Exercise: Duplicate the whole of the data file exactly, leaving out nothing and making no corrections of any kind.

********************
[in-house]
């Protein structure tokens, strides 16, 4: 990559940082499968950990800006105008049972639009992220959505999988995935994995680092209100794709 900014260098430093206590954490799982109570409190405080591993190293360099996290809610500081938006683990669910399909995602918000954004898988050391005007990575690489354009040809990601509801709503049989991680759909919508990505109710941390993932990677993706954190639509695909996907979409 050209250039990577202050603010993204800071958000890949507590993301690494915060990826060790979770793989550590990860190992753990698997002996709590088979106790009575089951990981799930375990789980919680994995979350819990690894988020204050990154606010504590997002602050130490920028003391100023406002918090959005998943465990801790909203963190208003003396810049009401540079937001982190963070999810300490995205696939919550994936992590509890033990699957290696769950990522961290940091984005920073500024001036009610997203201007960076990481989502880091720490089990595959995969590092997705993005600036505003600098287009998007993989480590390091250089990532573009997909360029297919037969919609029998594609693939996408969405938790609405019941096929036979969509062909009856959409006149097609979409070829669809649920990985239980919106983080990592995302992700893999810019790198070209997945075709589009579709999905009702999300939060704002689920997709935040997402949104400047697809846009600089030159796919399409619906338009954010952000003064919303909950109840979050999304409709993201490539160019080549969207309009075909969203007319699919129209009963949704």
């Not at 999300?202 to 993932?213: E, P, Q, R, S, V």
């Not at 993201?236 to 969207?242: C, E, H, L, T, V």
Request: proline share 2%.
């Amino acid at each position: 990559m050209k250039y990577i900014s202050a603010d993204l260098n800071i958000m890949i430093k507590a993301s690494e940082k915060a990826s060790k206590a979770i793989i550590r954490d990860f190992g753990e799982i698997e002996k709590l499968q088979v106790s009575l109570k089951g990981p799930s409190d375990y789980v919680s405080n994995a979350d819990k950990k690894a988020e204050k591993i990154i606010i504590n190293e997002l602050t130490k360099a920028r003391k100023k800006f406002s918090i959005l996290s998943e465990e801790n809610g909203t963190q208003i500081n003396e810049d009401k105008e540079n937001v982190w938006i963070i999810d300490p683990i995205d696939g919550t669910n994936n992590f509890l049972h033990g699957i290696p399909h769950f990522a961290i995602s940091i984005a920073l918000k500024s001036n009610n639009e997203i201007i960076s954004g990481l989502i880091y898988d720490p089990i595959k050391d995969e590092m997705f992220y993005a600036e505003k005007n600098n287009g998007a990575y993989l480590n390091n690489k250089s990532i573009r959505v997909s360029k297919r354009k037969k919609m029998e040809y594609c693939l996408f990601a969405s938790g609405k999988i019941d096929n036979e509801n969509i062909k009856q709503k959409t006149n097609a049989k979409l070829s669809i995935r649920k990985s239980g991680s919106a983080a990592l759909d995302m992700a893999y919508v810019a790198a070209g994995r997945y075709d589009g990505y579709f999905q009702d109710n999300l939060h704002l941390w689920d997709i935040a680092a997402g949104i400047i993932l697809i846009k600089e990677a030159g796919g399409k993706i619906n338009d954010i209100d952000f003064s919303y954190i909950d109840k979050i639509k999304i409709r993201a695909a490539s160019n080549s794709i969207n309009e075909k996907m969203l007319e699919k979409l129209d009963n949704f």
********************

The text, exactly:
[in-house]
């Protein structure tokens, strides 16, 4: 990559940082499968950990800006105008049972639009992220959505999988995935994995680092209100794709 900014260098430093206590954490799982109570409190405080591993190293360099996290809610500081938006683990669910399909995602918000954004898988050391005007990575690489354009040809990601509801709503049989991680759909919508990505109710941390993932990677993706954190639509695909996907979409 050209250039990577202050603010993204800071958000890949507590993301690494915060990826060790979770793989550590990860190992753990698997002996709590088979106790009575089951990981799930375990789980919680994995979350819990690894988020204050990154606010504590997002602050130490920028003391100023406002918090959005998943465990801790909203963190208003003396810049009401540079937001982190963070999810300490995205696939919550994936992590509890033990699957290696769950990522961290940091984005920073500024001036009610997203201007960076990481989502880091720490089990595959995969590092997705993005600036505003600098287009998007993989480590390091250089990532573009997909360029297919037969919609029998594609693939996408969405938790609405019941096929036979969509062909009856959409006149097609979409070829669809649920990985239980919106983080990592995302992700893999810019790198070209997945075709589009579709999905009702999300939060704002689920997709935040997402949104400047697809846009600089030159796919399409619906338009954010952000003064919303909950109840979050999304409709993201490539160019080549969207309009075909969203007319699919129209009963949704």
């Not at 999300?202 to 993932?213: E, P, Q, R, S, V």
């Not at 993201?236 to 969207?242: C, E, H, L, T, V």
Request: proline share 2%.
């Amino acid at each position: 990559m050209k250039y990577i900014s202050a603010d993204l260098n800071i958000m890949i430093k507590a993301s690494e940082k915060a990826s060790k206590a979770i793989i550590r954490d990860f190992g753990e799982i698997e002996k709590l499968q088979v106790s009575l109570k089951g990981p799930s409190d375990y789980v919680s405080n994995a979350d819990k950990k690894a988020e204050k591993i990154i606010i504590n190293e997002l602050t130490k360099a920028r003391k100023k800006f406002s918090i959005l996290s998943e465990e801790n809610g909203t963190q208003i500081n003396e810049d009401k105008e540079n937001v982190w938006i963070i999810d300490p683990i995205d696939g919550t669910n994936n992590f509890l049972h033990g699957i290696p399909h769950f990522a961290i995602s940091i984005a920073l918000k500024s001036n009610n639009e997203i201007i960076s954004g990481l989502i880091y898988d720490p089990i595959k050391d995969e590092m997705f992220y993005a600036e505003k005007n600098n287009g998007a990575y993989l480590n390091n690489k250089s990532i573009r959505v997909s360029k297919r354009k037969k919609m029998e040809y594609c693939l996408f990601a969405s938790g609405k999988i019941d096929n036979e509801n969509i062909k009856q709503k959409t006149n097609a049989k979409l070829s669809i995935r649920k990985s239980g991680s919106a983080a990592l759909d995302m992700a893999y919508v810019a790198a070209g994995r997945y075709d589009g990505y579709f999905q009702d109710n999300l939060h704002l941390w689920d997709i935040a680092a997402g949104i400047i993932l697809i846009k600089e990677a030159g796919g399409k993706i619906n338009d954010i209100d952000f003064s919303y954190i909950d109840k979050i639509k999304i409709r993201a695909a490539s160019n080549s794709i969207n309009e075909k996907m969203l007319e699919k979409l129209d009963n949704f």